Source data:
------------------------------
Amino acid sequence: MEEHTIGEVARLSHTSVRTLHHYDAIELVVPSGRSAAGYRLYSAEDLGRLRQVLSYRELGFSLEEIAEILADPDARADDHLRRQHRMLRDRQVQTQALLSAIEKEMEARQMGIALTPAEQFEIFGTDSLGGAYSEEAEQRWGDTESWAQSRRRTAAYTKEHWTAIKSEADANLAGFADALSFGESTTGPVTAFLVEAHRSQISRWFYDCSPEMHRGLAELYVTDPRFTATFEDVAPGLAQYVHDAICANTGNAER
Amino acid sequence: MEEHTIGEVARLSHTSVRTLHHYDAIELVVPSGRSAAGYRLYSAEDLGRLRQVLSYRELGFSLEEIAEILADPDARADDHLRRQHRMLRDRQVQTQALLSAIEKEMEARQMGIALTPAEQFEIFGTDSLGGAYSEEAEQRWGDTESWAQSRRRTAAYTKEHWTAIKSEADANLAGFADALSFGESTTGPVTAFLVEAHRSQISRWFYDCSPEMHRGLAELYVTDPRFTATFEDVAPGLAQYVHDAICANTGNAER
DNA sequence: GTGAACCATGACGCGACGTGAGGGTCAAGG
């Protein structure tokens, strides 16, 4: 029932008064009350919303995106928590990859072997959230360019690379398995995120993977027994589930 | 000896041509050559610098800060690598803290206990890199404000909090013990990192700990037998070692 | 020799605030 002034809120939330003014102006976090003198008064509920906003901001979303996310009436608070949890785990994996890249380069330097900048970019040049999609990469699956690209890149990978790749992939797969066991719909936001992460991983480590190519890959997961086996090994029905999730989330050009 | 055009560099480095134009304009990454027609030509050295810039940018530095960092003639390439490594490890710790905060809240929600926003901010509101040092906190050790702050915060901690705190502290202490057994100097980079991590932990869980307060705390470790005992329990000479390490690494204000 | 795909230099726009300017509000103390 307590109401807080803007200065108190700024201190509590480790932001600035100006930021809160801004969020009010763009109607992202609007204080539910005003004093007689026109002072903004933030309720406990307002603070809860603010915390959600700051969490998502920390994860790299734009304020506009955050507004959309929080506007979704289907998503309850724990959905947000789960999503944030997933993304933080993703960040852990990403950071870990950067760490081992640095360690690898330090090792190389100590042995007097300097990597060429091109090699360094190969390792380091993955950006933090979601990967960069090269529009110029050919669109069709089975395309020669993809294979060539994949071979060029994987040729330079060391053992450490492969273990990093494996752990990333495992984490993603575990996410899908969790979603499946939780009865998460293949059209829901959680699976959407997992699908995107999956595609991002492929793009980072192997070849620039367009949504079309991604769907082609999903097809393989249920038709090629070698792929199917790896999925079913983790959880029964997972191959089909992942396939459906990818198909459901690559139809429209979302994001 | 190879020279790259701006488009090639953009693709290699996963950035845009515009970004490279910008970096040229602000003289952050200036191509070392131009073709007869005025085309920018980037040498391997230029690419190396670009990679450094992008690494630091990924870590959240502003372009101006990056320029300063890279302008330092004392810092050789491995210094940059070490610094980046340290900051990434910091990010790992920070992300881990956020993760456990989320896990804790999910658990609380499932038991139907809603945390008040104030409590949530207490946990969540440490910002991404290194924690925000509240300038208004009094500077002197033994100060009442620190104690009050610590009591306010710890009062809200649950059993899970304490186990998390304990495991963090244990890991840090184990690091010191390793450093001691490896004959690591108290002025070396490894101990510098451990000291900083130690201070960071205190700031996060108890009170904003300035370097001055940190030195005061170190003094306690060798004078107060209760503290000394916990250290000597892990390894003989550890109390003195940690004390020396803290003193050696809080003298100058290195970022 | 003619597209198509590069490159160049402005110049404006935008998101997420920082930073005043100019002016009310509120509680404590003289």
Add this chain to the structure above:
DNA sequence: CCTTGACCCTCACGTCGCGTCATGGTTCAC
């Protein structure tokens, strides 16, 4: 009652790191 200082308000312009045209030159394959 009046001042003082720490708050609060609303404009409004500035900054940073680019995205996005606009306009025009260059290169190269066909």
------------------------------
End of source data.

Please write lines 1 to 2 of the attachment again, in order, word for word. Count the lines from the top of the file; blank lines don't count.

Amino acid sequence: MEEHTIGEVARLSHTSVRTLHHYDAIELVVPSGRSAAGYRLYSAEDLGRLRQVLSYRELGFSLEEIAEILADPDARADDHLRRQHRMLRDRQVQTQALLSAIEKEMEARQMGIALTPAEQFEIFGTDSLGGAYSEEAEQRWGDTESWAQSRRRTAAYTKEHWTAIKSEADANLAGFADALSFGESTTGPVTAFLVEAHRSQISRWFYDCSPEMHRGLAELYVTDPRFTATFEDVAPGLAQYVHDAICANTGNAER
Amino acid sequence: MEEHTIGEVARLSHTSVRTLHHYDAIELVVPSGRSAAGYRLYSAEDLGRLRQVLSYRELGFSLEEIAEILADPDARADDHLRRQHRMLRDRQVQTQALLSAIEKEMEARQMGIALTPAEQFEIFGTDSLGGAYSEEAEQRWGDTESWAQSRRRTAAYTKEHWTAIKSEADANLAGFADALSFGESTTGPVTAFLVEAHRSQISRWFYDCSPEMHRGLAELYVTDPRFTATFEDVAPGLAQYVHDAICANTGNAER